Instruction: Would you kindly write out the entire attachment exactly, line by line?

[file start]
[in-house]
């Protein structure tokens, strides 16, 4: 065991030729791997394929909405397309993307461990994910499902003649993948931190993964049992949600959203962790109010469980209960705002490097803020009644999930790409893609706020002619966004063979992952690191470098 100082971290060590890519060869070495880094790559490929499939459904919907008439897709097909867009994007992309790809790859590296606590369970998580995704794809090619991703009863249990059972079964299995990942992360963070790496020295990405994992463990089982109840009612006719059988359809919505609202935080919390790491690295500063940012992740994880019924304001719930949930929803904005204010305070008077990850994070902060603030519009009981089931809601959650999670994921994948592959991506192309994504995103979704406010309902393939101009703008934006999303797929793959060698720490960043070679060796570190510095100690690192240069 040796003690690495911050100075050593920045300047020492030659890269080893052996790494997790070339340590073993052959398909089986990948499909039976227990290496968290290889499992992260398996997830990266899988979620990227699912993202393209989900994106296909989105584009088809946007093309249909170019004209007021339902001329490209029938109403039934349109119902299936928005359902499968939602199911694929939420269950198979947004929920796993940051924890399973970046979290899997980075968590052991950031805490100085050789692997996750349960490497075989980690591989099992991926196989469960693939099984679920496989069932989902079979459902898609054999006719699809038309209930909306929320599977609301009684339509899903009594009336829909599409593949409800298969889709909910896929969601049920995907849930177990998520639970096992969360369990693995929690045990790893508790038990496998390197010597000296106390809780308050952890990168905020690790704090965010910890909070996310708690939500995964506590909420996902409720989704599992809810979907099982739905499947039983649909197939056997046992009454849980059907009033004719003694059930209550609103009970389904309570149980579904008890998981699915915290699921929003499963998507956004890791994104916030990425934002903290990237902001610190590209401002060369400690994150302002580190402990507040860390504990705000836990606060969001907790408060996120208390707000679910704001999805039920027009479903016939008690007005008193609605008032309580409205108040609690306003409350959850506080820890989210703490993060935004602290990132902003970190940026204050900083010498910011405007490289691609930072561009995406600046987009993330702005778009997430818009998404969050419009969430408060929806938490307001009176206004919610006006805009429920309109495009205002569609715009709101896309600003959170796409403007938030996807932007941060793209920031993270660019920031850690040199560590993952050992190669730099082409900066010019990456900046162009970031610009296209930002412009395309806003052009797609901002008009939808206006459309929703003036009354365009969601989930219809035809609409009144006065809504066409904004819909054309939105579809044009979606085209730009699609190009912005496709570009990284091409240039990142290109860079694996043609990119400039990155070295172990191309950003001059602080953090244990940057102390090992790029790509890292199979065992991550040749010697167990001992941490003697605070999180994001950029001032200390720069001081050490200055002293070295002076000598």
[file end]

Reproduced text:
[in-house]
């Protein structure tokens, strides 16, 4: 065991030729791997394929909405397309993307461990994910499902003649993948931190993964049992949600959203962790109010469980209960705002490097803020009644999930790409893609706020002619966004063979992952690191470098 100082971290060590890519060869070495880094790559490929499939459904919907008439897709097909867009994007992309790809790859590296606590369970998580995704794809090619991703009863249990059972079964299995990942992360963070790496020295990405994992463990089982109840009612006719059988359809919505609202935080919390790491690295500063940012992740994880019924304001719930949930929803904005204010305070008077990850994070902060603030519009009981089931809601959650999670994921994948592959991506192309994504995103979704406010309902393939101009703008934006999303797929793959060698720490960043070679060796570190510095100690690192240069 040796003690690495911050100075050593920045300047020492030659890269080893052996790494997790070339340590073993052959398909089986990948499909039976227990290496968290290889499992992260398996997830990266899988979620990227699912993202393209989900994106296909989105584009088809946007093309249909170019004209007021339902001329490209029938109403039934349109119902299936928005359902499968939602199911694929939420269950198979947004929920796993940051924890399973970046979290899997980075968590052991950031805490100085050789692997996750349960490497075989980690591989099992991926196989469960693939099984679920496989069932989902079979459902898609054999006719699809038309209930909306929320599977609301009684339509899903009594009336829909599409593949409800298969889709909910896929969601049920995907849930177990998520639970096992969360369990693995929690045990790893508790038990496998390197010597000296106390809780308050952890990168905020690790704090965010910890909070996310708690939500995964506590909420996902409720989704599992809810979907099982739905499947039983649909197939056997046992009454849980059907009033004719003694059930209550609103009970389904309570149980579904008890998981699915915290699921929003499963998507956004890791994104916030990425934002903290990237902001610190590209401002060369400690994150302002580190402990507040860390504990705000836990606060969001907790408060996120208390707000679910704001999805039920027009479903016939008690007005008193609605008032309580409205108040609690306003409350959850506080820890989210703490993060935004602290990132902003970190940026204050900083010498910011405007490289691609930072561009995406600046987009993330702005778009997430818009998404969050419009969430408060929806938490307001009176206004919610006006805009429920309109495009205002569609715009709101896309600003959170796409403007938030996807932007941060793209920031993270660019920031850690040199560590993952050992190669730099082409900066010019990456900046162009970031610009296209930002412009395309806003052009797609901002008009939808206006459309929703003036009354365009969601989930219809035809609409009144006065809504066409904004819909054309939105579809044009979606085209730009699609190009912005496709570009990284091409240039990142290109860079694996043609990119400039990155070295172990191309950003001059602080953090244990940057102390090992790029790509890292199979065992991550040749010697167990001992941490003697605070999180994001950029001032200390720069001081050490200055002293070295002076000598």